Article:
Winning Without Doping Was Not Possible, Says Armstrong

In an interview with Le Monde, Lance Armstrong brought the dirty past of the Tour de France by saying he could not have won the Tour seven times without doping.

The disgraced cyclist said he still considers himself the record-holder for Tour victories, even though all seven of his titles were stripped from him last year for doping. Armstrong also added that his life has been ruined by the investigation of the U.S. Anti-Doping Agency that exposed as lies his years of denials that he and his teammates doped.

The American rider claimed that it was “impossible” to win the Tour without doping when he was racing and also said he was not the first athlete to dope and there would always be a doping culture but cycling was being made a “scapegoat” for the practice in all sport. When asked if it was possible to perform without doping, Le Monde quoted Armstrong as saying “”That depends on which races you wanted to win. The Tour de France? No. Impossible to win without doping. Because the Tour is a test of endurance where oxygen is decisive.”

Armstrong’s comments were sharply criticized by American rider Tejay van Garderen of the BMC team who said if he’s saying things like he doesn’t think that it’s possible to win the Tour clean then he should be quiet – because it is possible while UCI President Pat McQuaid called the timing of the comments as very sad. In a statement, McQuaid said I can tell him categorically that he is wrong and his comments do absolutely nothing to help cycling and went on to add that the culture within cycling has changed since the Armstrong era and it is now possible to race and win clean. The UCI President also remarked that riders and teams owners have been forthright in saying that it is possible to win clean – and I agree with them.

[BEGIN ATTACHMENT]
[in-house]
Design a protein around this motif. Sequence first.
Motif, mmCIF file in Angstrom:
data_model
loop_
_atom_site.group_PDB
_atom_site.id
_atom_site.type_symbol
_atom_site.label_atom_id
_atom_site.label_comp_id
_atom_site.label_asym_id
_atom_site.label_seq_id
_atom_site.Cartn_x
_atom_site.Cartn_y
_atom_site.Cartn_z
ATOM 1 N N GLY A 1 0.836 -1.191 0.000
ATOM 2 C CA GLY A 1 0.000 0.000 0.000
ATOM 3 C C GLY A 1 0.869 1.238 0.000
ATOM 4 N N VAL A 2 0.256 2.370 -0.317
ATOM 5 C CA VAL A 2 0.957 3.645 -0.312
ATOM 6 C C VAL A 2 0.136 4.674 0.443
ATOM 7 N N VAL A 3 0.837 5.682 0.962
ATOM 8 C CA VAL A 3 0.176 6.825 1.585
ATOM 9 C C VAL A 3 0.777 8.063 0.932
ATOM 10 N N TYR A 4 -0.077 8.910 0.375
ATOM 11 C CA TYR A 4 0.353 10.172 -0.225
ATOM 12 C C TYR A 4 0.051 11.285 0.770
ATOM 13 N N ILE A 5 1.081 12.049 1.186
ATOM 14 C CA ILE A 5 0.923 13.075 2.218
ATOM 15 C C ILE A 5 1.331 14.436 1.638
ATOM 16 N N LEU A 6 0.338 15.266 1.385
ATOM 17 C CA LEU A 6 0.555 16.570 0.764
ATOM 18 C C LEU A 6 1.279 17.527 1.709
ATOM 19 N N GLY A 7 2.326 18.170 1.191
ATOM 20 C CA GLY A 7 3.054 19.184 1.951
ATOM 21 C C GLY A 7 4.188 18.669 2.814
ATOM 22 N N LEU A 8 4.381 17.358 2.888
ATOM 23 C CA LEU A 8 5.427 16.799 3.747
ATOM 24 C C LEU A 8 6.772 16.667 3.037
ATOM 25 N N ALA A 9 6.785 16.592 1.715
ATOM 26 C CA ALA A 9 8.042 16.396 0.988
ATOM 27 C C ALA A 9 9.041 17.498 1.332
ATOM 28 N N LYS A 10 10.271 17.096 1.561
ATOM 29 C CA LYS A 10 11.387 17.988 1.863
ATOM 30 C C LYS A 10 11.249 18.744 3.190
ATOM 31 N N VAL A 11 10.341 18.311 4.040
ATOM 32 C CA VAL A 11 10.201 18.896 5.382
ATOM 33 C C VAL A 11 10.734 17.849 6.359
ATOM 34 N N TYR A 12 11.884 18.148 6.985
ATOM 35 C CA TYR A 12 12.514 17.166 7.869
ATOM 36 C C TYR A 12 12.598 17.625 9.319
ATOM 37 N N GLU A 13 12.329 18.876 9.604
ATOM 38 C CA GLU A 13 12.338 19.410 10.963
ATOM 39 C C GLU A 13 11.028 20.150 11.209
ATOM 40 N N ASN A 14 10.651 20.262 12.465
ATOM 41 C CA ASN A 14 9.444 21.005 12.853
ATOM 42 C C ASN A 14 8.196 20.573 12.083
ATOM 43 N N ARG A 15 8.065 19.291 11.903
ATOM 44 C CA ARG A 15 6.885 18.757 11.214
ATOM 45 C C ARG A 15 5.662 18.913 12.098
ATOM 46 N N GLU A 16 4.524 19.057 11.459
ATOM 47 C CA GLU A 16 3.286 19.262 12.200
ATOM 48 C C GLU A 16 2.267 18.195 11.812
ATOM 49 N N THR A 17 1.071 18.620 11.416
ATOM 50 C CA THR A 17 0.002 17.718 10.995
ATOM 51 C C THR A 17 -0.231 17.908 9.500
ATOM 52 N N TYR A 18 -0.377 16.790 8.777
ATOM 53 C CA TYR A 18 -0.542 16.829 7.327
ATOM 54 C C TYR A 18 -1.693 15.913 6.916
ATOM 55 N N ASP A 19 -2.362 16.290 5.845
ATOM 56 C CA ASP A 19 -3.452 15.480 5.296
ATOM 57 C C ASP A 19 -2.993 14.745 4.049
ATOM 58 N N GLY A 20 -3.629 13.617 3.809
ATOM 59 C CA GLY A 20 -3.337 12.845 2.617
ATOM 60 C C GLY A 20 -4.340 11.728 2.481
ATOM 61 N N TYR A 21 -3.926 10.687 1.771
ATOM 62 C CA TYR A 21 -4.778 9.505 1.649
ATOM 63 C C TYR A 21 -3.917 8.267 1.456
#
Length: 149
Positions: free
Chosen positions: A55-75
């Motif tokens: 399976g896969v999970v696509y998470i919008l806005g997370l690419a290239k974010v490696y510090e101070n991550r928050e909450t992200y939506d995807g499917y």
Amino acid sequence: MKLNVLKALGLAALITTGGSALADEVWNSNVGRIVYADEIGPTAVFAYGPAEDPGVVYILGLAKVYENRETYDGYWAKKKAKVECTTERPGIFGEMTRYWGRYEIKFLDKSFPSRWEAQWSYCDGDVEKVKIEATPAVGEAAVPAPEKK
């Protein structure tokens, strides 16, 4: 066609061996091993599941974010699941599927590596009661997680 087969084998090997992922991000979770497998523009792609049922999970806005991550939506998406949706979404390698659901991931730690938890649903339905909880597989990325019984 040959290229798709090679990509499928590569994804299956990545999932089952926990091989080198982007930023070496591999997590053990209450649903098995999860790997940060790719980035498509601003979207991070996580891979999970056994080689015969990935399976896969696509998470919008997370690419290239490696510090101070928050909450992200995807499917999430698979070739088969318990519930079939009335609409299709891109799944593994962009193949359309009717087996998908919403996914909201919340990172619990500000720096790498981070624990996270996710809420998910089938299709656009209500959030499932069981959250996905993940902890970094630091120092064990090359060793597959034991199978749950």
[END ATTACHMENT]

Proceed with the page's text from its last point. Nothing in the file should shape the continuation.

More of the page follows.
The American former professional road racing cyclist’s comments were also criticized by Australia’s Cadel Evans who rubbished the claims of Armstrong by saying he had shown it was possible to triumph without cheating by winning the Tour in 2011. The Australian BMC rider said he sometimes reads in the press what Armstrong says and he respects him as a human being but really I just focus on doing my own job as best I can and fortunately we are supported by a great group of people.

These comments were enough for Lance Armstrong to retract from his statement and say that his claims only applied to the period in which he dominated the sport. Last year, Armstrong was exposed as a serial drug cheat in a devastating US Anti-Doping Agency report that plunged cycling into crisis about the extent of performance enhancing drugs in the peloton. Armstrong, who won the Tour a record seven times between 1999 and 2005, was stripped of his Tour titles and banned from the sport for life. He later admitted in a television interview that he used a cocktail of drugs, including the blood booster EPO, testosterone, and blood transfusions, to win the Tour.

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